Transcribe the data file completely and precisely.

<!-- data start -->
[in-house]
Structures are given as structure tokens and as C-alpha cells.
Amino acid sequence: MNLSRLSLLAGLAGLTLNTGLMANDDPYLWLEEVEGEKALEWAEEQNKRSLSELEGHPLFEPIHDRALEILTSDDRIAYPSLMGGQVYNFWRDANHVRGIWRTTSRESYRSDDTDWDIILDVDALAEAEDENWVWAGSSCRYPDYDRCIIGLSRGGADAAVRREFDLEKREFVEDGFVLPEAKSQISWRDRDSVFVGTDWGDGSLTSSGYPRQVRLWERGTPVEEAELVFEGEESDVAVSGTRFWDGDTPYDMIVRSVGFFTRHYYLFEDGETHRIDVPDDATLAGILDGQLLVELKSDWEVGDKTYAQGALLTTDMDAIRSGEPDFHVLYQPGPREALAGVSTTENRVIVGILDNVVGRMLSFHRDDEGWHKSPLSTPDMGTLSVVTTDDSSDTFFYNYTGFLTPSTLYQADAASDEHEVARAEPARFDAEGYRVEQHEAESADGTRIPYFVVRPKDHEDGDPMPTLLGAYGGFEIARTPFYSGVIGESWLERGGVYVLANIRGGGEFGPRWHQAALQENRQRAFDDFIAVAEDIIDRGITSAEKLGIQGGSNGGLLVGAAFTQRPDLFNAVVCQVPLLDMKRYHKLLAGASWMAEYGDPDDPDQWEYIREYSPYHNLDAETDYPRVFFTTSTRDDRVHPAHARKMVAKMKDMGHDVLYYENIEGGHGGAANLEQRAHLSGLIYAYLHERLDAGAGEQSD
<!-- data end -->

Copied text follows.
[in-house]
Structures are given as structure tokens and as C-alpha cells.
Amino acid sequence: MNLSRLSLLAGLAGLTLNTGLMANDDPYLWLEEVEGEKALEWAEEQNKRSLSELEGHPLFEPIHDRALEILTSDDRIAYPSLMGGQVYNFWRDANHVRGIWRTTSRESYRSDDTDWDIILDVDALAEAEDENWVWAGSSCRYPDYDRCIIGLSRGGADAAVRREFDLEKREFVEDGFVLPEAKSQISWRDRDSVFVGTDWGDGSLTSSGYPRQVRLWERGTPVEEAELVFEGEESDVAVSGTRFWDGDTPYDMIVRSVGFFTRHYYLFEDGETHRIDVPDDATLAGILDGQLLVELKSDWEVGDKTYAQGALLTTDMDAIRSGEPDFHVLYQPGPREALAGVSTTENRVIVGILDNVVGRMLSFHRDDEGWHKSPLSTPDMGTLSVVTTDDSSDTFFYNYTGFLTPSTLYQADAASDEHEVARAEPARFDAEGYRVEQHEAESADGTRIPYFVVRPKDHEDGDPMPTLLGAYGGFEIARTPFYSGVIGESWLERGGVYVLANIRGGGEFGPRWHQAALQENRQRAFDDFIAVAEDIIDRGITSAEKLGIQGGSNGGLLVGAAFTQRPDLFNAVVCQVPLLDMKRYHKLLAGASWMAEYGDPDDPDQWEYIREYSPYHNLDAETDYPRVFFTTSTRDDRVHPAHARKMVAKMKDMGHDVLYYENIEGGHGGAANLEQRAHLSGLIYAYLHERLDAGAGEQSD